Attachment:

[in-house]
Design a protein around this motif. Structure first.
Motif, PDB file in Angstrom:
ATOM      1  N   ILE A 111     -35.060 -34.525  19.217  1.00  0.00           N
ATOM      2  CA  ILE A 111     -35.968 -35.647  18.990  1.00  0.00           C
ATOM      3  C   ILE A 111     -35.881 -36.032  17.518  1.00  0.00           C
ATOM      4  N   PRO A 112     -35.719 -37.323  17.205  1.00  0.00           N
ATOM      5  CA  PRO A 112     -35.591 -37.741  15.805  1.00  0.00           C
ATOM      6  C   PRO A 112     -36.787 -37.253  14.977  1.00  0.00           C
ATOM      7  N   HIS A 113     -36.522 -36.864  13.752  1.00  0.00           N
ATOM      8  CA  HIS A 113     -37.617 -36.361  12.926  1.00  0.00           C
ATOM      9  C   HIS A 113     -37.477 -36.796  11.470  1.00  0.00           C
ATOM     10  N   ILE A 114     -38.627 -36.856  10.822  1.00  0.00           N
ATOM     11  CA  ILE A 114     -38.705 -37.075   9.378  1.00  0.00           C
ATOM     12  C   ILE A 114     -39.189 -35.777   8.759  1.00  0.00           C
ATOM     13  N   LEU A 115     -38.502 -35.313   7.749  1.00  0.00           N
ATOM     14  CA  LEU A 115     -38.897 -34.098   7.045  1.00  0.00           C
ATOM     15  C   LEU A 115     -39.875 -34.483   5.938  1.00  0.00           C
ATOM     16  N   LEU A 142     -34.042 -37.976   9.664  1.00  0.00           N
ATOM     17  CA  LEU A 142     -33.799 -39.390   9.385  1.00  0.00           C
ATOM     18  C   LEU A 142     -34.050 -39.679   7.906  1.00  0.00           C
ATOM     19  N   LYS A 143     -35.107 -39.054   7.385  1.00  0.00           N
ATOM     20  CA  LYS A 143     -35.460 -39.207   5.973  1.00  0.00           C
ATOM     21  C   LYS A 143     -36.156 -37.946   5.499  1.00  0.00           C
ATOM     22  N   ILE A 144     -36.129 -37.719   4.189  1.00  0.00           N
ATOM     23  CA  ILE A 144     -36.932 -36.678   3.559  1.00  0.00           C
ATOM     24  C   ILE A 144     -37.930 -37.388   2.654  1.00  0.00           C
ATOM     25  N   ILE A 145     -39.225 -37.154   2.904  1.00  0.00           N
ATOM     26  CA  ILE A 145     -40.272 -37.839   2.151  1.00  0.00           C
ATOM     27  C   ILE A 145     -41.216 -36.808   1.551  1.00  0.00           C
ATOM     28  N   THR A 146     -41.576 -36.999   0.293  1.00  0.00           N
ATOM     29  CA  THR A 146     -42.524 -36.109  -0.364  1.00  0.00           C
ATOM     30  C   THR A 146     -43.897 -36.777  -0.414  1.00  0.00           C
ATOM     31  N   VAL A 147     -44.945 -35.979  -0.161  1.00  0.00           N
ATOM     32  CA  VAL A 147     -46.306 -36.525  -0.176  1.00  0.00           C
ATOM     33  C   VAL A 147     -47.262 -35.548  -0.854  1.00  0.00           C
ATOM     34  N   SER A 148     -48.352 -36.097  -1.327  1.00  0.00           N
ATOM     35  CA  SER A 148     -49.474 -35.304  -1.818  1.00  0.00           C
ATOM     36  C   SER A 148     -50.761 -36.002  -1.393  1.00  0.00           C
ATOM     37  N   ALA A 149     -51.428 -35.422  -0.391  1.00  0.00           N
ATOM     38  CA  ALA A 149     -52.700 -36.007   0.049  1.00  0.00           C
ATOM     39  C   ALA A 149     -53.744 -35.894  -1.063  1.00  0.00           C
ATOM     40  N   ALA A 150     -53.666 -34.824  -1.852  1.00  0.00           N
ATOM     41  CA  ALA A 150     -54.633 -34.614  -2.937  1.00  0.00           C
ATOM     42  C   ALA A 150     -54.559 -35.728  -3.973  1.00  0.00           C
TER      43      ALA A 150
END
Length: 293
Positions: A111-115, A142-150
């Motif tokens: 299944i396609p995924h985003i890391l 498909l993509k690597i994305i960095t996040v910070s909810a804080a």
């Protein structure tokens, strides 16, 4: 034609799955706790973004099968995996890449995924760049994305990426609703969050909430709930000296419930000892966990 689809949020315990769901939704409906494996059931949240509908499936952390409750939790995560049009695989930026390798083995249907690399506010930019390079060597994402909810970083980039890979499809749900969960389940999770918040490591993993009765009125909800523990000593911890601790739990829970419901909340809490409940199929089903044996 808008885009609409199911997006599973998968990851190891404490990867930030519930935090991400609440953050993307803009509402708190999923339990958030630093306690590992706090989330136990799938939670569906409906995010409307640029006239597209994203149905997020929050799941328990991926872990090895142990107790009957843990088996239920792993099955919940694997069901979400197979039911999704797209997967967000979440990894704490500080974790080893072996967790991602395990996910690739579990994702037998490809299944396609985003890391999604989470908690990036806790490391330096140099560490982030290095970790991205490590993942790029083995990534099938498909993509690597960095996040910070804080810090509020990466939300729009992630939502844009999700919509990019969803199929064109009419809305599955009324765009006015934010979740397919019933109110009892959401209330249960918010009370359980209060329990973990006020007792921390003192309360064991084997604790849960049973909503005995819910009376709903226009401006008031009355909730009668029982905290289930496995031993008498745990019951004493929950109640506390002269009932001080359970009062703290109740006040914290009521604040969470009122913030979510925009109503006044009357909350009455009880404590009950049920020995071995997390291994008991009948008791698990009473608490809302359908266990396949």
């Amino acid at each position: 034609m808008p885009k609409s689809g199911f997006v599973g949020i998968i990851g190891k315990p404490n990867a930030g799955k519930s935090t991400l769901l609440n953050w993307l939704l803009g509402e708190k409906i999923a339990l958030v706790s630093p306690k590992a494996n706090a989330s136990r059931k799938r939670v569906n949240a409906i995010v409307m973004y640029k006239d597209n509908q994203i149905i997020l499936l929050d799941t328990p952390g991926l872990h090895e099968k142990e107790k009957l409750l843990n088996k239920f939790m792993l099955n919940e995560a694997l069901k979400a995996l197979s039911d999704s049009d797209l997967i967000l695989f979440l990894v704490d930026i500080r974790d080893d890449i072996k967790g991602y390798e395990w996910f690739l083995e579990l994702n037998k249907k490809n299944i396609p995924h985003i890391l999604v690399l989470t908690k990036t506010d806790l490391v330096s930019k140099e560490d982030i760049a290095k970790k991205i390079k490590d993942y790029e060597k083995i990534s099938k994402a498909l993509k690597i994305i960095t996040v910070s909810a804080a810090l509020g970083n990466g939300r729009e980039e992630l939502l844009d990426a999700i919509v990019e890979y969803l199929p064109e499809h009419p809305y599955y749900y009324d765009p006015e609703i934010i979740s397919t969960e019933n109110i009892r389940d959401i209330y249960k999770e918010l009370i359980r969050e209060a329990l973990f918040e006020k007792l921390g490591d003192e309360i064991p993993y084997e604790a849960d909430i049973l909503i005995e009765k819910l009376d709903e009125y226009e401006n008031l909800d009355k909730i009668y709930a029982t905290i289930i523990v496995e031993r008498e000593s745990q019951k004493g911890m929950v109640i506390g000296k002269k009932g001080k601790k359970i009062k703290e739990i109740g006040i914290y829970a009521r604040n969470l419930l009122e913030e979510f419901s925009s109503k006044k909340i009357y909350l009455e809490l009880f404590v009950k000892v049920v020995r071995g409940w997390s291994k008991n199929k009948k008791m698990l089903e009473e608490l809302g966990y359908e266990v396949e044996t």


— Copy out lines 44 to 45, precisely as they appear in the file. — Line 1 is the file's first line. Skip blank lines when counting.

ATOM     41  CA  ALA A 150     -54.633 -34.614  -2.937  1.00  0.00           C
ATOM     42  C   ALA A 150     -54.559 -35.728  -3.973  1.00  0.00           C